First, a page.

–Mitchell's Rozint on the future of vehicle repair documentation


“I could see someone saying to a detailer, 'Hey, plug this in to whatever car you're working on, give [the data] back to me, and I'll give you $15.' That's not unrealistic, I don't think. I think you need to do what you can to try to prevent that.”

–Illinois attorney Patrick McGuire urging shops to take steps – such a check-out procedure for use of vehicle scanning tools - to protect the increasing amount of consumer data contained within vehicles


“It's as crooked as a dog's hind leg.”

–Jim Beck in 2018, promising to reduce insurers' influence over Georgia's Office of Insurance as he campaigned to lead that regulatory agency; after winning election, Beck this year was indicted for his alleged role in an elaborate scheme to steal $2 million from his former employer, the Georgia Underwriters Association


“But even if it did, would you rather have insurance rates go up, or would you rather have unsafe cars go back out on the road just so we can keep insurance rates down?”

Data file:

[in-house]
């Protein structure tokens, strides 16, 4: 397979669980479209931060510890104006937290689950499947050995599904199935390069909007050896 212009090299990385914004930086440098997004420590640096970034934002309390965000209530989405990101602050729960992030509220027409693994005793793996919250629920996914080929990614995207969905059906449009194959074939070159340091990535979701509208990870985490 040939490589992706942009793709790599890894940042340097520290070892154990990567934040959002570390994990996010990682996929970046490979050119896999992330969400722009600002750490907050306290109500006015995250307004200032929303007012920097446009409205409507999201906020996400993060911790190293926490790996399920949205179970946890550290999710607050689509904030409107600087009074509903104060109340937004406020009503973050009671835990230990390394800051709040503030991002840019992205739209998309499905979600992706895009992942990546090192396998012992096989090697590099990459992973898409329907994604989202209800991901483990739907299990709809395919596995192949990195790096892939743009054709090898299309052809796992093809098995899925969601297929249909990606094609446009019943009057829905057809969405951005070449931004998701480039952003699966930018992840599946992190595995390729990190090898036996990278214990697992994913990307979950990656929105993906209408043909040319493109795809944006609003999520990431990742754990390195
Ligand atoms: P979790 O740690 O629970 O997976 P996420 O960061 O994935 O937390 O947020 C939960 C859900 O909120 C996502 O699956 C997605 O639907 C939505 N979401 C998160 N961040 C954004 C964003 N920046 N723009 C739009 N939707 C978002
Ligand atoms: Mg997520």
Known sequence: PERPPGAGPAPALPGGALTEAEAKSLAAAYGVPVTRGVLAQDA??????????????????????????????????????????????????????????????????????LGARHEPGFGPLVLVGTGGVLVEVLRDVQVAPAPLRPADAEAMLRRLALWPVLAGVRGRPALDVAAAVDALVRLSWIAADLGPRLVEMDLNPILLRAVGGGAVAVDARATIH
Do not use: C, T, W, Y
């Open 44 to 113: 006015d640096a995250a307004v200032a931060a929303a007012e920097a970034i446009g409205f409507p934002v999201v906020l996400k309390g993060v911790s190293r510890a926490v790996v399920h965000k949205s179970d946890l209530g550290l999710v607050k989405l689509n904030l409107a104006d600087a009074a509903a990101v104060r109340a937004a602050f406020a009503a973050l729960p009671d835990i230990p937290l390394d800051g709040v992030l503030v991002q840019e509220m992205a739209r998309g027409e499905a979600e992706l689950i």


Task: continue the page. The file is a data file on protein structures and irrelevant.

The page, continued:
–Ohio attorney Erica Eversman, a consumer liaison to the National Association of Insurance Commissioners (NAIC), responding to insurance regulators' questions about whether requiring insurers to pay for collision repairs based on OEM repair procedures would raise costs


“We need to make certain we make our priorities clear and we stick to that. Labor rates are a problem. I get that. But we need to start with safety, the OEM procedures. They get that. The insurance regulators understand safety. And there's no question that it's a consumer issue.”

–Eversman, on the need for the collision repair industry to take a unified approach with regulators, focusing on the OEM procedure issue rather than a number of other industry concerns


“It becomes easier to argue against when it gets muddied with other issues. Parts, as an example, have been debated and addressed in almost every state. When that enters into the discussion, it makes it much harder to move something forward. The trend I think this year is that states didn't isolate the [OEM procedure] issue. I think going forward it would be advantageous to do so. Address some of those other issues at a different time.”

–Aaron Schulenburg of the Society of Collision Repair Specialists (SCRS), agreeing with Eversman that too many proposed state laws related to use of OEM procedures failed because they attempted to address other issues as well